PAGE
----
Why Big Banks are in Trouble in Great Britain

The investment atmosphere in British online financing for new businesses recorded an all time high in 2017 of nearly 20 billion pounds (27 billion dollars.) This very worrying to traditional banking institutions in London, such as Barclays and The Bank of London. It means, among other things, that traditional financing avenues for startups are in danger of being shut down to a trickle. The rise of digital transaction technology and secure mobile banking means it’s easy to bypass the highly regulated and somewhat hidebound startup funds controlled by banks and other well-established investment firms throughout England, Scotland, and Wales. Competitors online include Monzo and the overseas exchange service Revolut. They and their colleagues have shown themselves to be highly serviceable to any number of startup enterprises, especially in the financial technology sector — often abbreviated as fintech. Worldwide investment in just this one sector soared to over 19 billion pounds (27 billion dollars) during 2017.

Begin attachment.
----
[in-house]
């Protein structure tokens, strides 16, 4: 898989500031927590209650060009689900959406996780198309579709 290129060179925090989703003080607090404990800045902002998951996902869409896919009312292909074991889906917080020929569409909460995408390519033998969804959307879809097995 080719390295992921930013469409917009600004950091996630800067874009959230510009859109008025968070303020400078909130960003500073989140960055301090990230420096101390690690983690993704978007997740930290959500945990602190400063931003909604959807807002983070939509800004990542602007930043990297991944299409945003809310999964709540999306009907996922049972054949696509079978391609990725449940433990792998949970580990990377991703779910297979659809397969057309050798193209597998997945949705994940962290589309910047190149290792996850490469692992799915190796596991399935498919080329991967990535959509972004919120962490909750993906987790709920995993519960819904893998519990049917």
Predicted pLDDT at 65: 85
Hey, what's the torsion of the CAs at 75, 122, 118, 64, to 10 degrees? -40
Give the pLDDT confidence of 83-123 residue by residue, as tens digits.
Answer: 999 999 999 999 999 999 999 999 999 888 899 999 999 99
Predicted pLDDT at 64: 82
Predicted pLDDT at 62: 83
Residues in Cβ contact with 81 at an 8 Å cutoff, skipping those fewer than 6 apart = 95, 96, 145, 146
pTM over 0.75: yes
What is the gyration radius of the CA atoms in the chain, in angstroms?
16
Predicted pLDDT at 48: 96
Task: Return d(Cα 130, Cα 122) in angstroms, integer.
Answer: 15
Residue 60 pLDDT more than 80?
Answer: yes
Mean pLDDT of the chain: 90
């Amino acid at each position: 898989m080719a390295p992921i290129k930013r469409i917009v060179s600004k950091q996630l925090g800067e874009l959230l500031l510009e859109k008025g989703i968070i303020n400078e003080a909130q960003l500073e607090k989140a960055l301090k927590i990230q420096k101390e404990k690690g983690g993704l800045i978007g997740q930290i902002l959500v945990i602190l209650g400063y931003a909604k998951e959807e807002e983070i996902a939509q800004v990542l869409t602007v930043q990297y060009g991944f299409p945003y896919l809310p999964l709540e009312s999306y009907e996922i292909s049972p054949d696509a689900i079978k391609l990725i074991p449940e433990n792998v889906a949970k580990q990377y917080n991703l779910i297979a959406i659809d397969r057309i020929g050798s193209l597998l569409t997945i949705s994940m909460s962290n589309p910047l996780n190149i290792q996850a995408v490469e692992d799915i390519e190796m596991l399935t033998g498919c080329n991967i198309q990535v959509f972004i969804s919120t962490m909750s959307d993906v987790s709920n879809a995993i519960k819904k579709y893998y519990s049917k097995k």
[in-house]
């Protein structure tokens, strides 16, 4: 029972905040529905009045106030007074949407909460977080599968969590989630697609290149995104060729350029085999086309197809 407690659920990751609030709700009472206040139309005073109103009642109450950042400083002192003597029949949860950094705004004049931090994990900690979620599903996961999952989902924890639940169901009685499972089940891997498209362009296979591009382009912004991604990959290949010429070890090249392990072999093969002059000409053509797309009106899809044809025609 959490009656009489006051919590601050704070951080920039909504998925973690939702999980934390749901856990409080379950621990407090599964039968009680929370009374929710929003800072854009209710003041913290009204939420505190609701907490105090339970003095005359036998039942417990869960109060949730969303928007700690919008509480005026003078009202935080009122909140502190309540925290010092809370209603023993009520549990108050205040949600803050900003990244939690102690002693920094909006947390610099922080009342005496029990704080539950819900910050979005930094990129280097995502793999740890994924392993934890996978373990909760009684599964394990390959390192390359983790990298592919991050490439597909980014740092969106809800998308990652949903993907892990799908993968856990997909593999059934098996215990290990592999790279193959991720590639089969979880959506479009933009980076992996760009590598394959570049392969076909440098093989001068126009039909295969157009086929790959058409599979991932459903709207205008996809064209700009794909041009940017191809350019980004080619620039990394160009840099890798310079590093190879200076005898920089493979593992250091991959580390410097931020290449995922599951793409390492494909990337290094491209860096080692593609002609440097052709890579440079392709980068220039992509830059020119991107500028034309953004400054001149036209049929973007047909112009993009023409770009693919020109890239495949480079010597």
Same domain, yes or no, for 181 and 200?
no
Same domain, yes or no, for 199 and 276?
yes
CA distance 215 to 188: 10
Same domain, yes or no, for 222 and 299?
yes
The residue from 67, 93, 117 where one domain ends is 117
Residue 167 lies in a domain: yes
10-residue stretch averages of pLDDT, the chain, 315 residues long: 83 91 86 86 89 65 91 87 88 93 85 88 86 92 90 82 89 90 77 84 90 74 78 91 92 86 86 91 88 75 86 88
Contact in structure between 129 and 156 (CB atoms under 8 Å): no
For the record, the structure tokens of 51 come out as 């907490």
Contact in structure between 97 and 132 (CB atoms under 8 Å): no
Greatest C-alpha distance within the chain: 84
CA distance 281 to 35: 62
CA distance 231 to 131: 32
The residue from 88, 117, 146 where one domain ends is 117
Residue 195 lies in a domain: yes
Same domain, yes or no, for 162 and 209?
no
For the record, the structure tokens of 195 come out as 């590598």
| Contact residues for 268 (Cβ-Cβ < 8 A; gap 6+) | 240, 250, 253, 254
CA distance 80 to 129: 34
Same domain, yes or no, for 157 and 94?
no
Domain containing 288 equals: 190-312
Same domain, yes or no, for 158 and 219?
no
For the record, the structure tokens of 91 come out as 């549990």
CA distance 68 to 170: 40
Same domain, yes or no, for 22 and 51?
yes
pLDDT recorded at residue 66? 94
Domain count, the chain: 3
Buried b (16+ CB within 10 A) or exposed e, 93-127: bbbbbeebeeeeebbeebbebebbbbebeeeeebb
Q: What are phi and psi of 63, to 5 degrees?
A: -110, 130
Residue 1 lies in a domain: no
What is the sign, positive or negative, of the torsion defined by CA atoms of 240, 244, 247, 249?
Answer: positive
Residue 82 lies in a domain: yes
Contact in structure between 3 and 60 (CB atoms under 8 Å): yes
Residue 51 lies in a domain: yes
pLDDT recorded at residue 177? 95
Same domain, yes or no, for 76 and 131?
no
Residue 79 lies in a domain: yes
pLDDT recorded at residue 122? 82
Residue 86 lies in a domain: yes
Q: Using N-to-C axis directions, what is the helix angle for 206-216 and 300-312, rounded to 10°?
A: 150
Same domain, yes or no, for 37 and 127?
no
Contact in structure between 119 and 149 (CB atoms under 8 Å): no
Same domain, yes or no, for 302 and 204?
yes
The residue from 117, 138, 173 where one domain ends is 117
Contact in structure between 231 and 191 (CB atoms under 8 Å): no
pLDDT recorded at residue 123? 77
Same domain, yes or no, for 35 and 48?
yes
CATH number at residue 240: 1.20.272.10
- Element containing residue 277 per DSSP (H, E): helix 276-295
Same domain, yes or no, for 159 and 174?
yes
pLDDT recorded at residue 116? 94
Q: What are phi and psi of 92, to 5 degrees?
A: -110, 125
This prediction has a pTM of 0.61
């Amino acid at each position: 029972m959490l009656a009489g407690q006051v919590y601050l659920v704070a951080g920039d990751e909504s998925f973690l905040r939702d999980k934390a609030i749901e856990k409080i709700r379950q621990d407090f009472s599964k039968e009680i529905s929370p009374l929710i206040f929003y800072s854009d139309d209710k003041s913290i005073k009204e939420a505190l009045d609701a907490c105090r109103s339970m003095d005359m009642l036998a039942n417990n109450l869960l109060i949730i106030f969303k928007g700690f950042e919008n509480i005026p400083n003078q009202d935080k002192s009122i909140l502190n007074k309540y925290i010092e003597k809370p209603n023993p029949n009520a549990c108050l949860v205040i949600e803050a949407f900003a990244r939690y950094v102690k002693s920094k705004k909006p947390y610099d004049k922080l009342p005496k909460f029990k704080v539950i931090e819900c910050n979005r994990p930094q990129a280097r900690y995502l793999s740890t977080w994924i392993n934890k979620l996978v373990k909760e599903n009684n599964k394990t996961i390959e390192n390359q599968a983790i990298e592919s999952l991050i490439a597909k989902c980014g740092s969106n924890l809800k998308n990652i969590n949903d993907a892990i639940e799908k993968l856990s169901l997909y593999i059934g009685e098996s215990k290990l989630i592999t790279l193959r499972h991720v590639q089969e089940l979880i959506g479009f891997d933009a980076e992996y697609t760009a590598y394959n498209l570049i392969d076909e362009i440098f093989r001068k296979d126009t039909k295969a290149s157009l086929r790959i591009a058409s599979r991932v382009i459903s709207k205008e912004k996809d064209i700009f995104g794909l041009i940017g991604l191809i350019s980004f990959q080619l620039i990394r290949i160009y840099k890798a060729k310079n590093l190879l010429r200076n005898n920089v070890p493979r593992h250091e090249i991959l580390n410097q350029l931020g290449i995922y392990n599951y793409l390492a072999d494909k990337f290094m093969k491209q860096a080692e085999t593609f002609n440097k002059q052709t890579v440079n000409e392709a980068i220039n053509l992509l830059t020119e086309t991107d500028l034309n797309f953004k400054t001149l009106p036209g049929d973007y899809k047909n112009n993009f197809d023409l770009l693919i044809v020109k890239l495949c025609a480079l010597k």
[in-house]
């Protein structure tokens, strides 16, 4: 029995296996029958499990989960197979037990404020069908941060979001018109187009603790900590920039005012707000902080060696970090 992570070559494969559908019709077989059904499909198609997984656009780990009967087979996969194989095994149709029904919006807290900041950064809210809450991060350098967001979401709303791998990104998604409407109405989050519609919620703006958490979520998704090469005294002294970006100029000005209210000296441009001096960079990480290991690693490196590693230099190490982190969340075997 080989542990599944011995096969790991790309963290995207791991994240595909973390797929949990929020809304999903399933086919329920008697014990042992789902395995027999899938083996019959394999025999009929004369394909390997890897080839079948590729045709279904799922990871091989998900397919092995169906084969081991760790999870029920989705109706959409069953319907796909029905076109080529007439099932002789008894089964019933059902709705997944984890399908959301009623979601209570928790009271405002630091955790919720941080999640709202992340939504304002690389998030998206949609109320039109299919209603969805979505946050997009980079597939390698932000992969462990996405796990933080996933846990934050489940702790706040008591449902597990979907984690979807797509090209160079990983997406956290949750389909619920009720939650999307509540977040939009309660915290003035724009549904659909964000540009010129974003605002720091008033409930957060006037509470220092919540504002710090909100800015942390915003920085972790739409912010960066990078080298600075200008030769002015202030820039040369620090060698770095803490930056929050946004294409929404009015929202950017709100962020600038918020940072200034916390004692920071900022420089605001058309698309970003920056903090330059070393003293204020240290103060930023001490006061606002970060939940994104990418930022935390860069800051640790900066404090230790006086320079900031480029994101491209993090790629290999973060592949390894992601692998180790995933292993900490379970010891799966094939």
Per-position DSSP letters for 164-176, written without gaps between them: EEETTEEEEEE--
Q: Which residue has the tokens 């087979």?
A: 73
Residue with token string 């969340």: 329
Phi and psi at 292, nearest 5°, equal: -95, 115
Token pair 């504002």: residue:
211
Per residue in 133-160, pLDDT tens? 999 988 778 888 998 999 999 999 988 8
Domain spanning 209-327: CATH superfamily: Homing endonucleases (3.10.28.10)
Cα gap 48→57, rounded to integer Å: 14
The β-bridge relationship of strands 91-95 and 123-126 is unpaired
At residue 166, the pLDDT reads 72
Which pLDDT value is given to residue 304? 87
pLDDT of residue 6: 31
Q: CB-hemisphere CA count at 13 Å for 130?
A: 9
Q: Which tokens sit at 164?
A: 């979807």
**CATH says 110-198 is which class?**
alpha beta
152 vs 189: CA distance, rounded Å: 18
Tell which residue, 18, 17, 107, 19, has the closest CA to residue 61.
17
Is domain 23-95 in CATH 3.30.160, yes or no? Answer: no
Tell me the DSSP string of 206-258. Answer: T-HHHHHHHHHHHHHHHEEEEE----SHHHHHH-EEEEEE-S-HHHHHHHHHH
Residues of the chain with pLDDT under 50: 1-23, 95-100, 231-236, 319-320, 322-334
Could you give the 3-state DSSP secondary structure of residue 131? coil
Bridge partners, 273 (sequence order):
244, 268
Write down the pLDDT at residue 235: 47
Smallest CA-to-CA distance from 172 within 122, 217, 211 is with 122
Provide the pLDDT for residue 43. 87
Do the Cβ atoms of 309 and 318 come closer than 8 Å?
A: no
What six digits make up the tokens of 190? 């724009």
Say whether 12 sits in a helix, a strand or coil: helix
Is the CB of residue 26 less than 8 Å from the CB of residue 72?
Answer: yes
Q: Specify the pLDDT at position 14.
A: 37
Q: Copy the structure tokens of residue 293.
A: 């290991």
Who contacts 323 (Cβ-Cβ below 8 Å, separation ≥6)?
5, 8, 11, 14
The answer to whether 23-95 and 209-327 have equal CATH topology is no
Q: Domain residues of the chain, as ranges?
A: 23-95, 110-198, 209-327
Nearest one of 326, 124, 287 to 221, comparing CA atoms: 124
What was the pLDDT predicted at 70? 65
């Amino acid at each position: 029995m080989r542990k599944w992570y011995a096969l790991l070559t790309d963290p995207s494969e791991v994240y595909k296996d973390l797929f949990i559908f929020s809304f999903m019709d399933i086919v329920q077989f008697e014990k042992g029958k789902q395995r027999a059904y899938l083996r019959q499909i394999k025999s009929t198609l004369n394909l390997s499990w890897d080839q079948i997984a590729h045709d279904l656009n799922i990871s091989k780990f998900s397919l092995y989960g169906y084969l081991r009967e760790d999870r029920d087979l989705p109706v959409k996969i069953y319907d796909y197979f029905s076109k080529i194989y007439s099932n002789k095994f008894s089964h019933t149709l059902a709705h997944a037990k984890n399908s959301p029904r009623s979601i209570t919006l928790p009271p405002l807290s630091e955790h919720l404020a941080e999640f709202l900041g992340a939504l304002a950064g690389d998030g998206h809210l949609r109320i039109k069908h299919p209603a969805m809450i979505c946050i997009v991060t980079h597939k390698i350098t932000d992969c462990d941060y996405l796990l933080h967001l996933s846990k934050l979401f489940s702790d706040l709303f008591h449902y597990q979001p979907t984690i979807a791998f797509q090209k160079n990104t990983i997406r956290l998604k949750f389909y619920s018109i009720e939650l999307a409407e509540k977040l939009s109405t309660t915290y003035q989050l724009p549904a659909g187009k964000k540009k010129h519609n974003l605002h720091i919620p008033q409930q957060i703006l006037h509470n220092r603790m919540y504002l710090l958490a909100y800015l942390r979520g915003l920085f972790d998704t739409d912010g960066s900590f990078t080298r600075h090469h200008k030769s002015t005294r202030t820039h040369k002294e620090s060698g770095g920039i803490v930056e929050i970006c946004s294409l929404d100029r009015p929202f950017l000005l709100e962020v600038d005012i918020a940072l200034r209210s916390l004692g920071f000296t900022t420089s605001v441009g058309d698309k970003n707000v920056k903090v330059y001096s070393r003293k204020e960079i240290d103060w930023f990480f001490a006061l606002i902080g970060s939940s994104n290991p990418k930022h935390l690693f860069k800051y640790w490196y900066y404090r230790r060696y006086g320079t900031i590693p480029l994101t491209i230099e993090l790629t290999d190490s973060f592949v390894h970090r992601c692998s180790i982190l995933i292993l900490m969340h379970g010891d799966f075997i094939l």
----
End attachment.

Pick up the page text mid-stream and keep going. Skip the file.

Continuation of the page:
Deal values skyrocketed in Great Britain to an astounding 3.4 billion dollars. At the same time the United States saw the same index surge higher than eleven billion dollars. Quite a bit of that investment money comes from some newer investment flows that originate in places like Russia, China, and the Middle East. In another financial surprise, Accenture Consultancy LTD says that even India, which has had plenty of monetary ups and down during the past few years, saw approximately five times as much startup investment in 2017 than in any previous year — coming in at around 2 billion dollars.


In Great Britain the digital insurance giant BGL Group gathered 900 million dollars in funding. It’s nearest competitor, TransferWise, took in 280 million dollars. In two separate efforts Monzo brought together 93 million pounds, and Revolut reported net acquisitions totaling 66 million dollars.